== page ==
How many atheists here, though not believing in God, Satan, heaven or hell, still believe in some kind of conscious existence after death ? Anyone ? I, for one, do not believe in any kind of conscious existence after death. Death is the end.

Tags: Consciousness, Continuation, Death, Life

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Kirk, I like your take on the subject.

Nerdless, I definitely agree, some bridges need repair and some need to be burned down. I guess it depends on how ruthless and dispassionate and judgmental religious are against others for some constructed reason they believe comes out of their holy book. I have no interest in being gentle with that type.

@ Kirk Tingblad, Point well made.

One suspects you are right. I just reread Shakespeare's soliloquy from Hamlet, about death being an undiscovered country from which no one ever returns.  Until they do, the presumption must be that there is no life after death.  The more who accept this, the less attention will be paid to religious matters and the more folks will live their lives for the good of all rather than for reunion with a mythical rabbi or partying with 72 virgins.

michelle, here's my commentary on linear left brain thinking. (I used a cinquain form devised by American poet Adelaide Crapsey.)

"I think / Therefore I am," / Said the philosopher. / "Bunk! He didn't feel; he only / half was."

So we have Death Agnostics?

And, of course, if one insists on using nothing but our own senses and the works of scientists who have repeatable, falsifiable theories and experiments, then we are accused of having a Closed Mind!

The burden of proof rests on the one making the claim.

Prove there is life after death.  Don't just make the assertion then accuse those who object as being closed minded.

I didn't do all the work...all the research, all the reading...theological, philosophical and scientific...I have on the subject of death to have my conclusion brushed aside as just another opinion on the subject.

I'll be sixty-three this summer.  I have been a believer, an agnostic and a non-believer on the subject.  

There is a difference between coming to a well thought out, well researched conclusion on a subject than having nothing but an opinion.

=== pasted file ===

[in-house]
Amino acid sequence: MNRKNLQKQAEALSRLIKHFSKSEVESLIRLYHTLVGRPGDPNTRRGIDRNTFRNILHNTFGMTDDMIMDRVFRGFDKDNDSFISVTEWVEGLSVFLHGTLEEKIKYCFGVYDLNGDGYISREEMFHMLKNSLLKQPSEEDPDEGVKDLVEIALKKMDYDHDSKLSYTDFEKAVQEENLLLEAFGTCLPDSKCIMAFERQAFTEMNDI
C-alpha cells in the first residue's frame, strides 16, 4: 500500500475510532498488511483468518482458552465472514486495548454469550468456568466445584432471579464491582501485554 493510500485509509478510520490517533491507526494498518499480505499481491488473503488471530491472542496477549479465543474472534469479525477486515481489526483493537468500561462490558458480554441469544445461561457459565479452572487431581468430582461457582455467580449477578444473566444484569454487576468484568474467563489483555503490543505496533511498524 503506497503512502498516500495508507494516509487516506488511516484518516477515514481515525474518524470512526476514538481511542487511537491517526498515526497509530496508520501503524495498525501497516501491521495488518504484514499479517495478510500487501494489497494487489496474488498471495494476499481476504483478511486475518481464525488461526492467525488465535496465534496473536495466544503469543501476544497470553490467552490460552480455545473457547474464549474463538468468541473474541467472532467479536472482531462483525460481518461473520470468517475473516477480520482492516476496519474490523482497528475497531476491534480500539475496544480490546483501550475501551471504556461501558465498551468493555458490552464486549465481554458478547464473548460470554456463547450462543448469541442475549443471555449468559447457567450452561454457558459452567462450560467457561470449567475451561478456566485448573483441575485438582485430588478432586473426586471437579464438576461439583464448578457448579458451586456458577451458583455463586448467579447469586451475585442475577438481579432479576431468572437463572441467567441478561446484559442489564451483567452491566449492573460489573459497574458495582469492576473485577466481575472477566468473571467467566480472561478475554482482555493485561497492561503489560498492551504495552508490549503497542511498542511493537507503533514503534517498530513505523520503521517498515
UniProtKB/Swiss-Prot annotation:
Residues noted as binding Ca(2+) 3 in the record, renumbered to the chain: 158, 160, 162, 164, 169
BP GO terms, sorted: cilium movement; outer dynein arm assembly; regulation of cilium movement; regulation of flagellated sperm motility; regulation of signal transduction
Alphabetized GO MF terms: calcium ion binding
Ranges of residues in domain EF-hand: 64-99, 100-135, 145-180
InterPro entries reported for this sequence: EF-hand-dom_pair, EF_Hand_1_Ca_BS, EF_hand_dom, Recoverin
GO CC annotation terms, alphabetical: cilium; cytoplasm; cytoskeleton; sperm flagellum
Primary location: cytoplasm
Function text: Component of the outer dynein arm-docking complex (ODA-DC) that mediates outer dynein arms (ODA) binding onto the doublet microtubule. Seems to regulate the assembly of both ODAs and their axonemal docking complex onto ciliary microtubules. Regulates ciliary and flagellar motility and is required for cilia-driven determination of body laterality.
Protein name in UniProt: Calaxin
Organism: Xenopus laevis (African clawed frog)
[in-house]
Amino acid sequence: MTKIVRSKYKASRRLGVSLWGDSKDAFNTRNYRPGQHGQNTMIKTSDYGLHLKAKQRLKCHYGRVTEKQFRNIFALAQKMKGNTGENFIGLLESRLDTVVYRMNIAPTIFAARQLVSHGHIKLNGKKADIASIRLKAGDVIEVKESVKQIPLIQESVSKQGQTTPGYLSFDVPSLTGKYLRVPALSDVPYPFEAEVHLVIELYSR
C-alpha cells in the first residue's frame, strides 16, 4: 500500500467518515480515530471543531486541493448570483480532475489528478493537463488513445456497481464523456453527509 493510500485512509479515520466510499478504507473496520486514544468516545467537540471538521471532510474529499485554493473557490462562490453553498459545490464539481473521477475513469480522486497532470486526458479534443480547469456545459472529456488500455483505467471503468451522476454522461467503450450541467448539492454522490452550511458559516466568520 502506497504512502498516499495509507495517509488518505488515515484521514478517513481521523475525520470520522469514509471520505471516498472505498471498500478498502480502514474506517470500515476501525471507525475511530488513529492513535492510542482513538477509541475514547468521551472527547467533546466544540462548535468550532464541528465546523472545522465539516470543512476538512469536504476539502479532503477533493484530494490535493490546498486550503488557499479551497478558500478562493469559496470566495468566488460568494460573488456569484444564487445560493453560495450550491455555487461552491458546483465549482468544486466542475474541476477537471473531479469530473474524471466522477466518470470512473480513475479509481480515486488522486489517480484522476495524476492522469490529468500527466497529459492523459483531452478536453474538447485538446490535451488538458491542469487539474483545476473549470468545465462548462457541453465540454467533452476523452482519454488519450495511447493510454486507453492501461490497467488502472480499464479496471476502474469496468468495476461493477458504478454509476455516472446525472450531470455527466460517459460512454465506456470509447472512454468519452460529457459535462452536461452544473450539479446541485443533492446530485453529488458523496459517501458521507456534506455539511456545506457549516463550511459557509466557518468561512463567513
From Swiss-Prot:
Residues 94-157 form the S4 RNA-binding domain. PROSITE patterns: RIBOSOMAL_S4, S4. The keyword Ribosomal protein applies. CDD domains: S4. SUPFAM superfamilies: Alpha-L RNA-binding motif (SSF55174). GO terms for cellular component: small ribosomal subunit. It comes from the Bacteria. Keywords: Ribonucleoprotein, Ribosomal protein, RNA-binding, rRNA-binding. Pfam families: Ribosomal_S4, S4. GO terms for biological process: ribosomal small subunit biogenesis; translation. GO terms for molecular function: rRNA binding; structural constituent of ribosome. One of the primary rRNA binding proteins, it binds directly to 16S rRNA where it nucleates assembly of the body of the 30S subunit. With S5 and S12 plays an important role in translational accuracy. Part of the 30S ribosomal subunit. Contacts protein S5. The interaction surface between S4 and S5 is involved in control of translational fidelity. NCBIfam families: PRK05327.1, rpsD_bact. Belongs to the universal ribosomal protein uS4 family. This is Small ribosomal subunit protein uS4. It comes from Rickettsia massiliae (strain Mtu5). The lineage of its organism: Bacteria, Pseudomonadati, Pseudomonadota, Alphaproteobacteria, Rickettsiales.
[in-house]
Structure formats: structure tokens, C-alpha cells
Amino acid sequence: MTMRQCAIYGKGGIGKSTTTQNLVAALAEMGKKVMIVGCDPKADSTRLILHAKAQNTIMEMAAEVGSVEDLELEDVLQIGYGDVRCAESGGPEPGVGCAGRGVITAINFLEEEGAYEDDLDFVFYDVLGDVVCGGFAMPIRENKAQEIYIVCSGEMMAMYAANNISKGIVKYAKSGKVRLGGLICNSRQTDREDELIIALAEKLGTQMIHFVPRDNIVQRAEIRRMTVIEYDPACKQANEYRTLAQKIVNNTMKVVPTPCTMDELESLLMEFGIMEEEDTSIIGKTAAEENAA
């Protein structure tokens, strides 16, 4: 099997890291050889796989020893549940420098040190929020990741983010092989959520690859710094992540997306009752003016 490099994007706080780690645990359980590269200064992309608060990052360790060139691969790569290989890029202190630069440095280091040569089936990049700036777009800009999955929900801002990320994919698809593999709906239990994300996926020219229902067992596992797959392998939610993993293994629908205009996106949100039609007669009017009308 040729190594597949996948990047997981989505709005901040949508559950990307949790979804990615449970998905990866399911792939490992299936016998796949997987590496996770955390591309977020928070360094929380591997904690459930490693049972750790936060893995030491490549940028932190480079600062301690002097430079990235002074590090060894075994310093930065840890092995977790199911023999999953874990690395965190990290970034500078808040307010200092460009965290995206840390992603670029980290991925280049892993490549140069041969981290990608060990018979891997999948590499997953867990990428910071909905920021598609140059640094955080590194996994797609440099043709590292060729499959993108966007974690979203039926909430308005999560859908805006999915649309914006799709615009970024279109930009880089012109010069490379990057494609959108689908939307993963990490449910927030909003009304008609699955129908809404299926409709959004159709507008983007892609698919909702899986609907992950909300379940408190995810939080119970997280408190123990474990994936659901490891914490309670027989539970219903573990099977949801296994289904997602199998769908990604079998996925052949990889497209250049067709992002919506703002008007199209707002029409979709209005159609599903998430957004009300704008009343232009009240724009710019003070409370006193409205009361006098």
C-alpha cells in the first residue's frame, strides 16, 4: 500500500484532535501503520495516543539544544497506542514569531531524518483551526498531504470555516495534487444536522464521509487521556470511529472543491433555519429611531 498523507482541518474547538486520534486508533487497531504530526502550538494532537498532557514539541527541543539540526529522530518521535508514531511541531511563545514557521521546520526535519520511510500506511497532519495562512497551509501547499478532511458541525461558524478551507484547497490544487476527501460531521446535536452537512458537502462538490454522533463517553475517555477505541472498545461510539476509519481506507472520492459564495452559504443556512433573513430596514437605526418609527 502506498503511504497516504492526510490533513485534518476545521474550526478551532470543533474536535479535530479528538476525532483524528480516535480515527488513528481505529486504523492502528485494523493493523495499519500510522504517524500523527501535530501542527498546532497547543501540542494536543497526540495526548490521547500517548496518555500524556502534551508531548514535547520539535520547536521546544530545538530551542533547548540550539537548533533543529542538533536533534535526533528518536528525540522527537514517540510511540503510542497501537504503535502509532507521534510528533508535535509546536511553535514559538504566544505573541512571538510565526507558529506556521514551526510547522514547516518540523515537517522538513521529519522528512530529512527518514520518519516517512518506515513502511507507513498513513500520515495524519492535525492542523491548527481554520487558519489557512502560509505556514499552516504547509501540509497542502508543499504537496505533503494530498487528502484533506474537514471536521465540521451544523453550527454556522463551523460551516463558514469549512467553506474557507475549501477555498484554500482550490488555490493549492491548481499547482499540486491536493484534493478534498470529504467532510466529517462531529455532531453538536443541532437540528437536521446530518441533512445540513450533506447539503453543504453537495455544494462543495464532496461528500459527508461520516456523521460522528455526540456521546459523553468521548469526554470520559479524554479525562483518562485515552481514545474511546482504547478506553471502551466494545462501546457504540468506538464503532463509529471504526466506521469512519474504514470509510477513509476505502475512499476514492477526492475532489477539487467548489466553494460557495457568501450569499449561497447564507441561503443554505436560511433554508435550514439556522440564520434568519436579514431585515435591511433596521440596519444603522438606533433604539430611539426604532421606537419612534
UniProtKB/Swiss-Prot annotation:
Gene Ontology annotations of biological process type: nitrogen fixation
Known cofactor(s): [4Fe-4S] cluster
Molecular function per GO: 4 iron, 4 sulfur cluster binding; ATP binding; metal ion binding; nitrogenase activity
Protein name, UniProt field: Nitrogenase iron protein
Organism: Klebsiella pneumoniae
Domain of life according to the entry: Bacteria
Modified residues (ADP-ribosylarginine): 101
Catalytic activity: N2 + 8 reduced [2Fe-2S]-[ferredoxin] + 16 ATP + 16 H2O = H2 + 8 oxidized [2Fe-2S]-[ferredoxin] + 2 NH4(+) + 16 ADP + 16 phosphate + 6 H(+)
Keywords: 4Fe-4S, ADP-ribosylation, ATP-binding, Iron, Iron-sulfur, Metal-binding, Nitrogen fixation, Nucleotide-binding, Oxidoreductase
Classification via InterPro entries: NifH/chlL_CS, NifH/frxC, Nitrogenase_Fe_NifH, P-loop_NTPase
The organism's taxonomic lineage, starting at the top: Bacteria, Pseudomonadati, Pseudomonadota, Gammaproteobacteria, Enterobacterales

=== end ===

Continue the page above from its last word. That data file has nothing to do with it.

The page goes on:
That which is presented without evidence can be rejected without evidence.

Don't get me wrong.  I love horror stories and movies.  I delight in a well-written and produced zombie apocalypse movie...I'm watching the Netflix series Hemlock Grove and would invite everyone to give it a try.

Death is the end of life.

Any other belief is superstition.

The open endedness of rationality is misunderstood. It's not that you can't come to a conclusion, in fact there are certain subjects in which it is highly irrational not to admit to the obvious. The existence of God and human mortality have to be answered.

Rationality is open-ended only when there is new evidence presented. Then the rational mind is obligated as it well should be, to consider and integrate this new evidence.

Not only is there no evidence for life after death there has been no new evidence presented to require a reassessment of the rational conclusion that, as I said before, belief in an afterlife is superstition.

Look at it this way:

Do you believe in vampires?

By your reasoning there is no way you can reject the idea. There is just as much evidence for the existence of vampires as for life after death: none whatsoever.

I am quite comfortable with the conclusion the vast majority of rational people have reached: vampirism is a morbid superstition. They do not exist.

Wow, that is absolute crap, Michele. There is no "astral body" or any other "radiation". There is not enough written on these subjects because they do not exist. How much money to you get people to cough up to hear this nonsense because if you get a penny for it you should be in prison.

Couple of book suggestion for those interested: